For Immediate Release
September 26, 2018
Contact: Erik Molvar, Western Watersheds Project, (307) 399-7910
The House Natural Resources Committee is holding a hearing today to discuss and debate an ‘extinction package’ of bills designed to deny rare native wildlife their legally-sanctioned protections under the Endangered Species Act.
“Congress made it a legal requirement of the Endangered Species Act that listing decisions be made exclusively based on science, free of political tampering,” said Erik Molvar, Executive Director of Western Watersheds Project, a West-wide conservation group. “Today, anti-conservation elements in the House of Representatives are attempting to insert exactly the kind of political meddling that the law was designed to prevent, in order to deny our imperiled native wildlife the protections they need to recover to healthy and secure population levels.”
The Endangered Species Act is one of the nation’s most successful laws, preventing extinction for 99% of species listed to date, and Species including the bald eagle, black-footed ferret, and peregrine falcon now recovering from the brink of extinction thanks to the protections of this bedrock environmental law. Polling indicates that a vast majority of Americans support the Endangered Species Act.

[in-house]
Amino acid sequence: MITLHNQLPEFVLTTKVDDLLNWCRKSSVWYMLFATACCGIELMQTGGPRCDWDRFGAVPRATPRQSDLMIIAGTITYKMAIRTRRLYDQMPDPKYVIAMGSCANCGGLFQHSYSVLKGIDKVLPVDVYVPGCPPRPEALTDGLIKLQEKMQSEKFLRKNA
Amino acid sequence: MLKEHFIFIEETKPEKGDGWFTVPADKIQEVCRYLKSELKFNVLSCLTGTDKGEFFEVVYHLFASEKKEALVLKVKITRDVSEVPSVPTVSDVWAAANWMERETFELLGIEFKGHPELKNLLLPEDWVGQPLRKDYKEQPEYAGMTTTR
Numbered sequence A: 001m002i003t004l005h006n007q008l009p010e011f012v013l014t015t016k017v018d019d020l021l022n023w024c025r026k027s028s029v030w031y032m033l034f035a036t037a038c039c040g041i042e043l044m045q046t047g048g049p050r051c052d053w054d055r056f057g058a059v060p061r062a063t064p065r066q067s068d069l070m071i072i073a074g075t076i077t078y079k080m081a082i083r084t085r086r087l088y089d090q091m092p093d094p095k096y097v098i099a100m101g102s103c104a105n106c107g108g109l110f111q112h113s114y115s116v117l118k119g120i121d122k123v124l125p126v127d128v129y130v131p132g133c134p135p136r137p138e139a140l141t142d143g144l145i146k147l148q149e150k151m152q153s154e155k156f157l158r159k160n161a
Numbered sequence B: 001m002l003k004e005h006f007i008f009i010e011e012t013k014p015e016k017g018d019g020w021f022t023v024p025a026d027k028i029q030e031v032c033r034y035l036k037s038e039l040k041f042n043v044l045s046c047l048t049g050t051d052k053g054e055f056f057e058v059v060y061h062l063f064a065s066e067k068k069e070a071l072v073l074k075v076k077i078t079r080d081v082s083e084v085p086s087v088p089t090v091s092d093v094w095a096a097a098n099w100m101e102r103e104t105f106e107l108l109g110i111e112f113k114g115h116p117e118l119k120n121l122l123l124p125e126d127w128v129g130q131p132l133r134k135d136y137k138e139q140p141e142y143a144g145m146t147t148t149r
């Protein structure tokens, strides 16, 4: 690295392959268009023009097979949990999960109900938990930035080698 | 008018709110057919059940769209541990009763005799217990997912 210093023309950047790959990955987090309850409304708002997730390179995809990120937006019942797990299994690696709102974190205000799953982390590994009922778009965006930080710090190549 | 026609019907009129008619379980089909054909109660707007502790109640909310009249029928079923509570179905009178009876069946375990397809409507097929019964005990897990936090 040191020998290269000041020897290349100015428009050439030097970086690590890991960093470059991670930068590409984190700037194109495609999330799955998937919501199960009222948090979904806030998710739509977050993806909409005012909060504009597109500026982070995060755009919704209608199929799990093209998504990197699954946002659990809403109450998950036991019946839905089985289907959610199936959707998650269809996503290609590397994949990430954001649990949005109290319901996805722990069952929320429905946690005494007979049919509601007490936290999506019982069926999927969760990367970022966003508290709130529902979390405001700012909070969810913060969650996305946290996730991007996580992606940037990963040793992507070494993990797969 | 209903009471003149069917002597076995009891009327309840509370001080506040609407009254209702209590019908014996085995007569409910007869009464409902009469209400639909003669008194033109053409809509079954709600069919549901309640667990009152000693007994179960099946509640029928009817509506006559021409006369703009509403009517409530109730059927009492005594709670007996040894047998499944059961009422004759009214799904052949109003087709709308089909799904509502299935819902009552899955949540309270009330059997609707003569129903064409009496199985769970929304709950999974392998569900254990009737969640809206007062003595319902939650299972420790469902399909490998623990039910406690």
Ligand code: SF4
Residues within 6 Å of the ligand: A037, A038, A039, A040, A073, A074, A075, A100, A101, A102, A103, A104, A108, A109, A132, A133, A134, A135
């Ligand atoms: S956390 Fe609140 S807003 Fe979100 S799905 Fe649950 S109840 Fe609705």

“Scientists tell us that we are in the midst of the sixth extinction crisis in our planet’s history, and this one is human-caused,” said Molvar. “We have the responsibility as a civil society to rein in the excesses of environmental destruction that lie at the root of this extinction epidemic.”
The anti-conservation agenda for today’s hearing includes bills that would block the designation of Critical Habitat for aquatic species negatively affected by reservoir impoundments or irrigation projects, to punt enforcement of endangered species decisions from independent federal agencies to state agencies that often are heavily influenced by the very extractive industries that threaten rare native species with extinction, and to delay action on endangered species petitions beyond the current time limits.
“We cannot afford to allow greed and corruption to stand in the way of progress in recovering imperiled native species, and this ‘extinction package’ represents a concerted legislative attack that must be decisively defeated,” Molvar concluded.